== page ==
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    It is important to note that during these studies there were few, if any, visual signs of stress, deficiencies, or other problems. The plants with amended soils were simply smaller. This is probably why the practice persisted for so long unchallenged or unquestioned. If all the plants on a site received peat in the planting hole and there is no comparison without peat, all appear to be fine. It is also important to note that few plants died from the soil amendment treatments in any of these studies, thus success or failure is not at question, simply degree of success (and, of course, money spent). It is also of interest that there is no "magical" treatment to make a poor subsoil clay into a productive soil

    --Whitcomb (1991)
     
  12. barb1948

    barb1948 Member

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    How can I emai a question to Mr.Shep?
     
  13. alex66

    alex66 Well-Known Member Maple Society

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    clik on nick mr.shep! opps
    is only avaible option private message
     
  14. mr.shep

    mr.shep Well-Known Member 10 Years of Activity

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    Sam, one thing that some people in a
    forum format are hard headed about
    is that planting or growing practices
    that have worked for others may not
    apply to them. What we do not want
    to hear is someone telling us what
    has worked well for us is a don't do
    when they themselves have not done
    it or have yet tried to do it. There
    can be some major differences in
    how we may want to go about planting
    trees in a landscape or a home garden
    as opposed to planting fruit or nut
    bearing trees for commercial purposes.

    For many years it was taught around
    here to place fertilizers in the bottom
    of the hole prior to placing the tree
    in the hole at planting. For many
    trees this was not a problem but for
    a few trees it was a precursor for the
    trees demise when methane gas built
    up in the planting hole with no means
    to escape killed off root systems and
    later killed off the tree. Also, what we
    may do ourselves may not be the advice
    that we may give others. As in Maples,
    I will plant them right into the hot sun
    and warm winds without protection but
    I cannot recommend to others that they
    do this method of placing the tree right
    into harms way. I know what I want from
    the tree when I do it and I have some
    knowledge of what that tree should
    do in that location but others simply
    do not know what they are getting into.
    So we have to side with caution rather
    than pass along planting tips that they
    may not be able to get satisfactory
    results from their trees later on.

    I think from the Whitcomb reference
    that bone meal was not being ill advised
    when used as a top dress. I've used
    Cottonseed meal as a top dress for
    a commercial Citrus grove for many
    years. I would not be opposed to
    using bone meal or Cottonseed meal
    as a soil amendment but for me here
    to do that I'd want to place the backfill
    back into the hole, set my tree on top
    of the backfill and then I can fill in
    the rest of the hole with a hand mixed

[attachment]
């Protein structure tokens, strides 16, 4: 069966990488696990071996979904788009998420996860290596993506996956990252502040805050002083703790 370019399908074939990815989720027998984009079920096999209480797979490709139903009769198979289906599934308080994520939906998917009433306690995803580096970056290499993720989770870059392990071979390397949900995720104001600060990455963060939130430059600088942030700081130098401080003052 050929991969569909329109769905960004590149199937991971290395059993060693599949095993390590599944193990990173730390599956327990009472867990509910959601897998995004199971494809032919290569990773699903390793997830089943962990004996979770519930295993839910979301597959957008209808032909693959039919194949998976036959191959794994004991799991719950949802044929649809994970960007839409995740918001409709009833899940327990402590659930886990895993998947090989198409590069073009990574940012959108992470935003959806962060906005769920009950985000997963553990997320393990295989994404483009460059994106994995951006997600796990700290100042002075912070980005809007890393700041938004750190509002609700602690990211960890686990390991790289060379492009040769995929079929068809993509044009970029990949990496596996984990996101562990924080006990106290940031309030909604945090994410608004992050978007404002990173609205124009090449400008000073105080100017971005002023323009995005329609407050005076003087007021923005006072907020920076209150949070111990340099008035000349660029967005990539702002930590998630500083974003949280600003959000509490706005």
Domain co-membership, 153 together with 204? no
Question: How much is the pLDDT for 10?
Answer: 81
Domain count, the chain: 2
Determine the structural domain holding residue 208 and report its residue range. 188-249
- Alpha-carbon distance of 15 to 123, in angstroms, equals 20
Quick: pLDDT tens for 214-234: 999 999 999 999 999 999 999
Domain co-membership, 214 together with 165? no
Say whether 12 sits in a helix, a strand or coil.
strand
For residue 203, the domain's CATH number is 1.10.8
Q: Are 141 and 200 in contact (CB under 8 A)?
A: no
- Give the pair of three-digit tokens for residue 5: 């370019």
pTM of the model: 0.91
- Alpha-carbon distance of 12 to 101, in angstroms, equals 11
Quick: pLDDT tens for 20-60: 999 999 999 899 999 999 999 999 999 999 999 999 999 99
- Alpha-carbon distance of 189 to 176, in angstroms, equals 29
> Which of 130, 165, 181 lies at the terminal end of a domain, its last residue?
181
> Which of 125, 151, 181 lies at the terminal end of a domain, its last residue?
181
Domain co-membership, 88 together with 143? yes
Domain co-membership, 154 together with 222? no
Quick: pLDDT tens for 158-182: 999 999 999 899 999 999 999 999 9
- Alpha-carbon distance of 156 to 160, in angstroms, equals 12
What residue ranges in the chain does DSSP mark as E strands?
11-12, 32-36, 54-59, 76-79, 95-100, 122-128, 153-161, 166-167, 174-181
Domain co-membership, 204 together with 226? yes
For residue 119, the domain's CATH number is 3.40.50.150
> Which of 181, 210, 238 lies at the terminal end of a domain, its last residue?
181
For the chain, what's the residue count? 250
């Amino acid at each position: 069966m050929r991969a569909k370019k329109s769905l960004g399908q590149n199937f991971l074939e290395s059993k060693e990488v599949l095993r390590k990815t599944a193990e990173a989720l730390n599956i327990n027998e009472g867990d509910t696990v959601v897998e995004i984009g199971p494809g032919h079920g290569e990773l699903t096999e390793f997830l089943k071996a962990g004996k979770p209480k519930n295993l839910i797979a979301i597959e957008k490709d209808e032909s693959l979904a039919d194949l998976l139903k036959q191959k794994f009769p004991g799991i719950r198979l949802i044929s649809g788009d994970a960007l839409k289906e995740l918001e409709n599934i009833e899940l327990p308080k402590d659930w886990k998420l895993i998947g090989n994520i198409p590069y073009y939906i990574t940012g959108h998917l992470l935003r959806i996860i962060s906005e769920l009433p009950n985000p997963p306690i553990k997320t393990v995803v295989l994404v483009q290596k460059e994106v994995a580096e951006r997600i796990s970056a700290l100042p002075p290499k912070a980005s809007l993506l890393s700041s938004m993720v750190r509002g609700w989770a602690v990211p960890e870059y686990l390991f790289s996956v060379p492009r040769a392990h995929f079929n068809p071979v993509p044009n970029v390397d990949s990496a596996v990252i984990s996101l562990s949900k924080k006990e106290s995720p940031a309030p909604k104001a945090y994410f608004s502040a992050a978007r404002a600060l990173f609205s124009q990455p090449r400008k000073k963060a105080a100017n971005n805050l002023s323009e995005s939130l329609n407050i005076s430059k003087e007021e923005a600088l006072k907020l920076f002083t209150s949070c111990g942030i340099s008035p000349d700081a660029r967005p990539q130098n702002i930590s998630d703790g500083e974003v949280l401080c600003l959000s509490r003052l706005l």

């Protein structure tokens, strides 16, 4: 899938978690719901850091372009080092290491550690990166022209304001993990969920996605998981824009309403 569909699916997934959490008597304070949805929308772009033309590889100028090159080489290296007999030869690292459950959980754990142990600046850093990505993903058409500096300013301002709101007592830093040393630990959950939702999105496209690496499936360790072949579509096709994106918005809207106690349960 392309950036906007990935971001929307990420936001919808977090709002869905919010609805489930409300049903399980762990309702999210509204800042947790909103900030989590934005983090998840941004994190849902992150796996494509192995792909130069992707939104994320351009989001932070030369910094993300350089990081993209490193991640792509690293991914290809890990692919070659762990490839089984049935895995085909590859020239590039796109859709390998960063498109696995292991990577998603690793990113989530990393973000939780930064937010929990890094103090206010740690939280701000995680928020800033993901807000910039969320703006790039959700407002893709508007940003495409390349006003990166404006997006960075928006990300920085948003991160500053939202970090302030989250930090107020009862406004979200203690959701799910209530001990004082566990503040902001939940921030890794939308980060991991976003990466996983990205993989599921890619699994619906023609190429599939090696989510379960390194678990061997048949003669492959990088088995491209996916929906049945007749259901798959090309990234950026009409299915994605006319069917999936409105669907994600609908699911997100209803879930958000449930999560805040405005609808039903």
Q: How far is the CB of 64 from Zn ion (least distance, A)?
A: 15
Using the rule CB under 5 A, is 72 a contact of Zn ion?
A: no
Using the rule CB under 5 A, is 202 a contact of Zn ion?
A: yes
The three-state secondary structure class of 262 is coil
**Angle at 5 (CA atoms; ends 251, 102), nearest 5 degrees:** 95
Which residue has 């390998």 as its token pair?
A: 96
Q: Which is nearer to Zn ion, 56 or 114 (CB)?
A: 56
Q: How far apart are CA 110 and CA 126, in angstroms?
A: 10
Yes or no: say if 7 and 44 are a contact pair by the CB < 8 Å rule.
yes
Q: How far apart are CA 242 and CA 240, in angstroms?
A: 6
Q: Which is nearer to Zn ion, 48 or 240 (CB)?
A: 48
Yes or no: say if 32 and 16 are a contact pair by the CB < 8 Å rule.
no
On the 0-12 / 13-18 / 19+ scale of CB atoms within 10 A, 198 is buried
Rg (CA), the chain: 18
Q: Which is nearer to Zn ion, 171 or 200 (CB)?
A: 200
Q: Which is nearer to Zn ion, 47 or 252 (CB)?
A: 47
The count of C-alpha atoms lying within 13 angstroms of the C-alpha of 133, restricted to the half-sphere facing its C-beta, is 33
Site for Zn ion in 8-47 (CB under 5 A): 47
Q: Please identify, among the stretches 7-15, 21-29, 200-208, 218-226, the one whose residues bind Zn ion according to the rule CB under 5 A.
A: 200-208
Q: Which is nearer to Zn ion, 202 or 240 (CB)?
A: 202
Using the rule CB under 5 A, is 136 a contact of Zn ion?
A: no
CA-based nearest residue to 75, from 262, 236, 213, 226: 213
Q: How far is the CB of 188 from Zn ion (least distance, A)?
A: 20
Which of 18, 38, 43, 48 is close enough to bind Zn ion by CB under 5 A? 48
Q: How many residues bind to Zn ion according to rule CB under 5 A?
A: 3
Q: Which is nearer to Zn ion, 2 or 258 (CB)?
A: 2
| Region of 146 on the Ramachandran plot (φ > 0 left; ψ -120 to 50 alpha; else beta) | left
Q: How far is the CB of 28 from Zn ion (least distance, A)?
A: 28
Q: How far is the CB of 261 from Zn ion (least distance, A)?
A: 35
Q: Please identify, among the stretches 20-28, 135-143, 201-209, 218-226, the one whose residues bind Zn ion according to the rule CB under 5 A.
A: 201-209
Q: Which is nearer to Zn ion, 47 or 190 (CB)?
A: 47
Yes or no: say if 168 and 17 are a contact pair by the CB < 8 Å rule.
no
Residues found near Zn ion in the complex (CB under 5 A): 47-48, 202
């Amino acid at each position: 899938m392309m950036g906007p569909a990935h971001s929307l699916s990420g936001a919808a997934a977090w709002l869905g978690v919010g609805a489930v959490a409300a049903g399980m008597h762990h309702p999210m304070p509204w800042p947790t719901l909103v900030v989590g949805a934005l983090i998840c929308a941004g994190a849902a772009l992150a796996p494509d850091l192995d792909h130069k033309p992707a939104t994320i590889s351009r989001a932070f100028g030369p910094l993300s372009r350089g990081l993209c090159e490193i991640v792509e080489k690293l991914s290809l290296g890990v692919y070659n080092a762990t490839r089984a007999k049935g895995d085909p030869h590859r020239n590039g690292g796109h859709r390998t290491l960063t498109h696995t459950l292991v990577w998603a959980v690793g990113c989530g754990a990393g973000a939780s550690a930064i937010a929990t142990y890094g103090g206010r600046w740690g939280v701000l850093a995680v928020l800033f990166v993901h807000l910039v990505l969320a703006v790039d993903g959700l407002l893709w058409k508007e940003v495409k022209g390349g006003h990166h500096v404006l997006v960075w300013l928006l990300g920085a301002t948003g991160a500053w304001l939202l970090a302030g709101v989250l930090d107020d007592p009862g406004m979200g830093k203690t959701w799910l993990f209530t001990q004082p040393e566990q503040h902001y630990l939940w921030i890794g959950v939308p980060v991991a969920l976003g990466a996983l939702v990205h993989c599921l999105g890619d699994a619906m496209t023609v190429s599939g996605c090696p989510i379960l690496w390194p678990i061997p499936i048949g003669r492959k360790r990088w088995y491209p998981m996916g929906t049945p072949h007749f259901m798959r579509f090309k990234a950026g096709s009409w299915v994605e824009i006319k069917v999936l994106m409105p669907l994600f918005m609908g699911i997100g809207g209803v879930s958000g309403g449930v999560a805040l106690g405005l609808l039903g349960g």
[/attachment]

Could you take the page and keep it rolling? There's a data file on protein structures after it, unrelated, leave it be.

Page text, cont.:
Cottonseed meal amended backfill
    to use as my soil to fill in the rest
    of the hole. Personally, I would not
    place bone meal at the bottom of the
    hole but others have and have had
    good results for them. It gets back
    to the old adage, if it works for you,
    why change it!

    Jim
     
  15. Ron B

    Ron B Esteemed Contributor 10 Years of Activity

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    The one talking about bone meal at above link is Chalker-Scott, who concludes with

    • Bone meal supplies high levels of phosphorus and calcium, elements that are rarely limiting in
    non-agricultural soils.
    • Phosphorus, from bone meal or other sources, does not “stimulate” plant growth; it is only a
    mineral, not a plant growth regulator.
    • High levels of phosphorus, from bone meal or other sources, will inhibit growth of mycorrhizal
    fungi.
    • Without mycorrhizal partners, plants must put additional resources into root growth at the
    expense of other tissues and functions.
    • Before you add any supplementary nutrients to your landscape, have a complete soil test
    performed first.

    http://www.puyallup.wsu.edu/~Linda Chalker-Scott/Horticultural Myths_files/Myths/Bonemeal.pdf
     
  16. mr.shep

    mr.shep Well-Known Member 10 Years of Activity

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    "It is better to use the amendments as a mulch."

    I believe this would include bone meal.

    We can play a tit for tat game if you want with
    the bulleted information. The only statement
    of those listed that is completely true is the last
    one. Then again how to interpret the results may
    require someone else that does not already have
    an agenda or the notion that various residual
    nutrients and minerals in the soil are not needed
    by the plant to promote growth. Ever heard of
    locked up nutrients in a soil and why the plant
    cannot readily utilize them?

    Why even have the testing done for landscape
    trees if there is an inherent negative, built in
    variable, with each and every mineral and nutrient
    under the auspices that they do not act like a plant
    growth regulator? How many do act like a plant
    growth regulator anyway?

    In each of the other statements errors of oversight
    have been mentioned. As an example: there are
    European soils that are deficient in Calcium and
    Phosphorous so I guess using bone meal as a soil
    amendment will not be useful since Phosphorous
    does not stimulate growth by Linda's assessment.
    Tell that to an Apple, Pear, or a Cherry grower in
    Washington that applied Calcium and Phosphorous
    are not needed or tell it to a Citrus grower in Texas
    that those Texans are being foolish to apply Calcium
    nitrate as a fertilizer to inadvertently suppress a leaf